Many high school seniors will soon be graduating and heading for college. Having traveled that road already, I feel it’s my civic duty to impart the knowledge that I have gained since being out of college.
1. Having a degree is important. Where it’s from is not.
When it comes to picking a college, choose the cheapest option that still fulfills your needs. I paid good money to go to a private college in Virginia. Once I graduated, I returned to my home state of Tennessee. I have been able to get jobs because I have a degree, but the vast majority of people have never heard of the college I attended.
I could have gone to a smaller school in Alabama on a full scholarship and gotten the same degree and the same lack of name-recognition. Instead, I graduated with $24,000 in student loans and over $3,000 in credit card debt.
2. Avoid student loans.
Today, schools are more expensive relative to income than they were 11 years ago. It’s very hard to avoid getting student loans while in college. But do everything in your power to avoid them, because the more money you owe when you get out of school, the more ham-strung you’ll be by it.
I would have gone to Japan to teach English if I had not been weighed down by my bills; I simply couldn’t make enough money to pay those bills and live in Japan. (And, actually, my bills were so heavy, I had to live with my parents while I worked on paying them down). Many people find their ability to get married and start a family hampered by their loans.
3. Buy your schoolbooks online. (In fact, never go into you college bookstore for anything.)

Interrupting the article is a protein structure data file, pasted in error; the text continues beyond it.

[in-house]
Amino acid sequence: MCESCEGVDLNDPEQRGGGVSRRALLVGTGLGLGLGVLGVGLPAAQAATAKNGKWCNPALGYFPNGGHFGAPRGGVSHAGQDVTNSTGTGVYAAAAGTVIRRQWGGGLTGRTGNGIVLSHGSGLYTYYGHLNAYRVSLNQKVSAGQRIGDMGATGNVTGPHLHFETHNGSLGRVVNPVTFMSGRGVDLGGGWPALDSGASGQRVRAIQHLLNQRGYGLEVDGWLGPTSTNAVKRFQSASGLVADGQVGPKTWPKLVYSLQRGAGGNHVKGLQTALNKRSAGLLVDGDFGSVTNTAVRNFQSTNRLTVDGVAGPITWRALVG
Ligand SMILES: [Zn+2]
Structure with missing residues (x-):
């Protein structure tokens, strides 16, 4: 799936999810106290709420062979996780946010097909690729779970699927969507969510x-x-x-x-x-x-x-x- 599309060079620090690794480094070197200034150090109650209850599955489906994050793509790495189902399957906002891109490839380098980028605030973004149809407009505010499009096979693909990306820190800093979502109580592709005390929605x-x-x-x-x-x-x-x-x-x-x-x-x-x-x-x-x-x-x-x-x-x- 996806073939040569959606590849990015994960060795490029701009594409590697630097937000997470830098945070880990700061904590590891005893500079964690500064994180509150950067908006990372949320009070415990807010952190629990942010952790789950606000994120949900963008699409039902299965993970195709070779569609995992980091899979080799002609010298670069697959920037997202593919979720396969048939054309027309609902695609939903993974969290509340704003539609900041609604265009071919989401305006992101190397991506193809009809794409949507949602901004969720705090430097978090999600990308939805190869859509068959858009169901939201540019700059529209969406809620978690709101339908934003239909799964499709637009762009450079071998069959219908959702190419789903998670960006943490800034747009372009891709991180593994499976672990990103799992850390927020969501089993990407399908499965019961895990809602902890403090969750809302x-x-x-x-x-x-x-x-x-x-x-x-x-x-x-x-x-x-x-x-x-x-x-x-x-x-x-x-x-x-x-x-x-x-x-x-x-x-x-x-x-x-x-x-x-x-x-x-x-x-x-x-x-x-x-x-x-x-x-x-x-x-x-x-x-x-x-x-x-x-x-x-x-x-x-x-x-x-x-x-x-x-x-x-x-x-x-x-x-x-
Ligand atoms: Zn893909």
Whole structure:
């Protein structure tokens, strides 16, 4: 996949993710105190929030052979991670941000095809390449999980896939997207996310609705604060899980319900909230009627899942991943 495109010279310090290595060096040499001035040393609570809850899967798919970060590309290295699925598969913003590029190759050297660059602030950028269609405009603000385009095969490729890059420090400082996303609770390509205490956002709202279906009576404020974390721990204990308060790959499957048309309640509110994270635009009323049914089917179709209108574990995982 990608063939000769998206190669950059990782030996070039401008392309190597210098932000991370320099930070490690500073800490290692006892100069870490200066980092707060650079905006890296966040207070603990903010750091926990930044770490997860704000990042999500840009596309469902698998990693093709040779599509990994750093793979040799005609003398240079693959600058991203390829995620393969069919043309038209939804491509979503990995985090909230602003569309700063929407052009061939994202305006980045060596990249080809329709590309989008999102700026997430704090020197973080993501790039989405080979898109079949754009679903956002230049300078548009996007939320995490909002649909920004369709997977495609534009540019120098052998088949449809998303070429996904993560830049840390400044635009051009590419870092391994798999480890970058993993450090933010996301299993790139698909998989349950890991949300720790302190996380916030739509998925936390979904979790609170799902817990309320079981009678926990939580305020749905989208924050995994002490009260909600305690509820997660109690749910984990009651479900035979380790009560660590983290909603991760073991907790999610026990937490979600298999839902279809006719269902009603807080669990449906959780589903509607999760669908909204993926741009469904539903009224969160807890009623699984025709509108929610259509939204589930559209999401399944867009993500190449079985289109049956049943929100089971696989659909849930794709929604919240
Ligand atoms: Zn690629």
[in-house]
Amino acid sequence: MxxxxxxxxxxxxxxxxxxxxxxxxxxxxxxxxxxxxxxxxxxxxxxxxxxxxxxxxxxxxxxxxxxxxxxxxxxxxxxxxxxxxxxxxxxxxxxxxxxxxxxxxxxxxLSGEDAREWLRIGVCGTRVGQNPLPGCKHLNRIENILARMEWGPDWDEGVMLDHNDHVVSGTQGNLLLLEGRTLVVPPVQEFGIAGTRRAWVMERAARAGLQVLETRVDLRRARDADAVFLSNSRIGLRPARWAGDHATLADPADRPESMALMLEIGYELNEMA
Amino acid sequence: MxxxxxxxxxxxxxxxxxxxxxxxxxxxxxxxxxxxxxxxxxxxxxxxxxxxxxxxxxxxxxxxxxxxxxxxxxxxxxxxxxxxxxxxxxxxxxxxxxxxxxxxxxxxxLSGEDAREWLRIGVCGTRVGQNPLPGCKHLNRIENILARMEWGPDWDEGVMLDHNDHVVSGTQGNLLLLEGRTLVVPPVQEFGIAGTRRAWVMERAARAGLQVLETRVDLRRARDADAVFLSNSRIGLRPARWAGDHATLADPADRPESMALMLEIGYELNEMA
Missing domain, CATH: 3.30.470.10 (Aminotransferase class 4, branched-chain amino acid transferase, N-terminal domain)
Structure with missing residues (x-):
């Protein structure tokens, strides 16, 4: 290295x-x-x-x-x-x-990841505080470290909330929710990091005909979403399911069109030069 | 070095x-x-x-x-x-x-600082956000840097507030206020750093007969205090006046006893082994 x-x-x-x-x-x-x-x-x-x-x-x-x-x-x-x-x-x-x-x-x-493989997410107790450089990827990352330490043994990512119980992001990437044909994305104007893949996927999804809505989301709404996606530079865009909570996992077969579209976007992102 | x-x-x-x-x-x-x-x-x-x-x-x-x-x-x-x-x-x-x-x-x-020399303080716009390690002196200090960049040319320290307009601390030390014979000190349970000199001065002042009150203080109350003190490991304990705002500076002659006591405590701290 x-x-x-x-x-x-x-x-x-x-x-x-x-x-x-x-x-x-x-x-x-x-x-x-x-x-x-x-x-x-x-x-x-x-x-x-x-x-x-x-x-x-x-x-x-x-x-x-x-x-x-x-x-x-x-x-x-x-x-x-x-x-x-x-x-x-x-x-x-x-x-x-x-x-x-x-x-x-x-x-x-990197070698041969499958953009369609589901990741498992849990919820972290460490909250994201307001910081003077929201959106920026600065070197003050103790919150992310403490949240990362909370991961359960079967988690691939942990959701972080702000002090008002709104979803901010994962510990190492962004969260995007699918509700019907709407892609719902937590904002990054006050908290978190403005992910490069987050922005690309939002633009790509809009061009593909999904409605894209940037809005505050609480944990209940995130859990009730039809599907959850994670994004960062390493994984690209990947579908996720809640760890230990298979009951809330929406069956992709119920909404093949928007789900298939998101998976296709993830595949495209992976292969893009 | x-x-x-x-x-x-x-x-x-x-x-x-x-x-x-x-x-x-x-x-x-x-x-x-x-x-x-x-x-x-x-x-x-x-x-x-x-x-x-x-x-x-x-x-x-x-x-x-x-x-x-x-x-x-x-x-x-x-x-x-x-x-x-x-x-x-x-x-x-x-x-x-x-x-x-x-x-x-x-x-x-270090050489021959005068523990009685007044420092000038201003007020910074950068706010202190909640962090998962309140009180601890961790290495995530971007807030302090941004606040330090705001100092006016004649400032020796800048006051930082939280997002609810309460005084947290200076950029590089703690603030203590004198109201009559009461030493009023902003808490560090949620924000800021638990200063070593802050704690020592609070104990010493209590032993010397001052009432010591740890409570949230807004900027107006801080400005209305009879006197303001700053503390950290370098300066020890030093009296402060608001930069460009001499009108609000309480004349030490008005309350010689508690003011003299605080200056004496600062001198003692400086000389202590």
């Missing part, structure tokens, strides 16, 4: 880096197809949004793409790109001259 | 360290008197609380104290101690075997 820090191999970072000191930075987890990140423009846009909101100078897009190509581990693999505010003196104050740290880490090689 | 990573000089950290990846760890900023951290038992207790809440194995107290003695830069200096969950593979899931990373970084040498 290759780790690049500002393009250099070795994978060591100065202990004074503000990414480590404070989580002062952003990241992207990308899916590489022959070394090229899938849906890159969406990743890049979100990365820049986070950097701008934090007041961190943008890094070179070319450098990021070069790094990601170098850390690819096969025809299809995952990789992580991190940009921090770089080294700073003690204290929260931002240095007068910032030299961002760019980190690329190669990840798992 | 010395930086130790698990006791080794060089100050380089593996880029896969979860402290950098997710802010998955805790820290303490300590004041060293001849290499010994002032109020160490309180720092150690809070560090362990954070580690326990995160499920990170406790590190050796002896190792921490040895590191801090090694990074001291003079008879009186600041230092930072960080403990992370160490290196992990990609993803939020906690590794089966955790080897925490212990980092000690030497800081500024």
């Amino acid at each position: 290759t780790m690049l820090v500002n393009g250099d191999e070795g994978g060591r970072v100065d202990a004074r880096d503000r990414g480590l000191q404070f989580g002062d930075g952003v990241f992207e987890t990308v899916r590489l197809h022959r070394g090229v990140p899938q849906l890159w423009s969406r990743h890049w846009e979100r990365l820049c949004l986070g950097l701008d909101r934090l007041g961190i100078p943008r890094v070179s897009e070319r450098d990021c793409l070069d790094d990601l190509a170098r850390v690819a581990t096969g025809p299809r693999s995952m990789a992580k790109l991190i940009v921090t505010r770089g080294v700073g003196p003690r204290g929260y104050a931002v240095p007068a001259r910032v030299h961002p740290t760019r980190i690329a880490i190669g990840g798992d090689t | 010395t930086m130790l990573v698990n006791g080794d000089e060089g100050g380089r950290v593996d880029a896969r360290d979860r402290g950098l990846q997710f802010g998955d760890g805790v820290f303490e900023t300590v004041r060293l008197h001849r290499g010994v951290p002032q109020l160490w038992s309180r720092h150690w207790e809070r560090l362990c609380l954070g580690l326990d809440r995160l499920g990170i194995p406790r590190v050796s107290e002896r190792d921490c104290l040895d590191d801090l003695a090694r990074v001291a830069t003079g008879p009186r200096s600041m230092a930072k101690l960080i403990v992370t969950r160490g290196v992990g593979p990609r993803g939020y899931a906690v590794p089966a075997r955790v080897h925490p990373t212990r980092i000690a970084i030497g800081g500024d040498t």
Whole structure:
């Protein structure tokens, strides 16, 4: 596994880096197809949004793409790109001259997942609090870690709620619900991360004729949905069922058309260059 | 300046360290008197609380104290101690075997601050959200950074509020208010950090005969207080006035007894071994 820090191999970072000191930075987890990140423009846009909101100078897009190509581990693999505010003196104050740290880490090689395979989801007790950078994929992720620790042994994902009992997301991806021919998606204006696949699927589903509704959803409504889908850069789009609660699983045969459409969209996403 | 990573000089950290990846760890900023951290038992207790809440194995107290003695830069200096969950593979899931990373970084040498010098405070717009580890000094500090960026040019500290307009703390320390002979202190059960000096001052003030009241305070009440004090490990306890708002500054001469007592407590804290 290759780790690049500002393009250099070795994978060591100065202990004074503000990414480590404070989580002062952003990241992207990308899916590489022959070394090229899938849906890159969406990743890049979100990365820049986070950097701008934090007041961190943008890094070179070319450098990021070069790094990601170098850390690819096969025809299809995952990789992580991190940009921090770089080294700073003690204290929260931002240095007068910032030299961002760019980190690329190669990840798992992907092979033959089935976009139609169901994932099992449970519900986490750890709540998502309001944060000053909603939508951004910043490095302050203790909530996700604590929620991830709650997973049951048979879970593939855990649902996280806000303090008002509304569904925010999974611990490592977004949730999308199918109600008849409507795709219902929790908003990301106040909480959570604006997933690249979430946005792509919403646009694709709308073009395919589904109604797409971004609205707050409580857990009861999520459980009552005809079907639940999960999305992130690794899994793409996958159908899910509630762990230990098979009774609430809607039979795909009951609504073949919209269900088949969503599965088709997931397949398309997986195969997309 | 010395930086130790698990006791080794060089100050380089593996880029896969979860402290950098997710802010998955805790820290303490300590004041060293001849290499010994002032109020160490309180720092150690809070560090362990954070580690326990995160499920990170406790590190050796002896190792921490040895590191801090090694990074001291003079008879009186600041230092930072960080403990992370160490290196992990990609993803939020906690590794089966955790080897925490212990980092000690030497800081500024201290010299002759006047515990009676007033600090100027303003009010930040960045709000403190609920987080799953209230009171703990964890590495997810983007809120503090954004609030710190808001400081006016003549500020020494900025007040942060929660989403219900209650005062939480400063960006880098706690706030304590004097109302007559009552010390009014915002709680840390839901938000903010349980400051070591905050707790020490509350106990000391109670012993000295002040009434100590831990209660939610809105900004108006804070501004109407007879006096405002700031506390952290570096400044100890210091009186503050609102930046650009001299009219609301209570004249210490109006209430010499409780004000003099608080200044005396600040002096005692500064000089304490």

I did this when I was in school and now there are even more options for comparing prices and getting the best deals. And, to that end, I can’t recommend AllBookStores.com enough. Just put in the title of your book and it will search all the major online bookstores and some independent and international bookstores. Results are listed cheapest to most expensive (it even factors in the added cost of S&H so there’s no guessing if this book is cheaper with S&H than that one with free S&H).
Also, you can almost always get away with buying the next-newest edition, rather the the most recent. Most college textbooks are updated every 1-3 years and have little in the way of major changes from year to year. If you ask your professor if there’s any noticeable difference, he or she will probably be honest and tell you that no, there’s nothing different, or they will give you a head’s-up on what has changed, and you can always compare that portion of your book with a classmate’s.
My roommate and I took a lot of the same classes, and we each bought half the course’s books, then shared them. If you have a friend in the same class, this can save you both 50% on the cost of your books.
Go back-to-school shopping for college just like you did for high school: hit Staples or Office Depot when they’re having big sales and buy enough supplies to last you for a year. Shopping at a big box store or Wal-Mart is always cheaper than your college bookstore. And if you’re going to a big college, don’t buy pens or post-it notes because you will get a lot of these for free from vendors on campus.
And I highly recommend the L.L. Bean backpack. I nagged my mother into buying this $40 backpack when I was a sophomore in high school (a regular backpack cost $15-$20 at the time). I carried it three years of high school, all four years of college, took it to Ireland for a summer, and I’ve still got the damn thing. When my husband and I go to the Nashville flea market for the day, I take it with me and put our purchases in it. I don’t think you can tear the things up. If you carry it for two years, you will break even on the cost. If you carry it more than that, you’ll save money. (And you’ll be that much more prepared for the zombie apocalypse, because when it’s weighted with rocks, it makes a devastating mace.)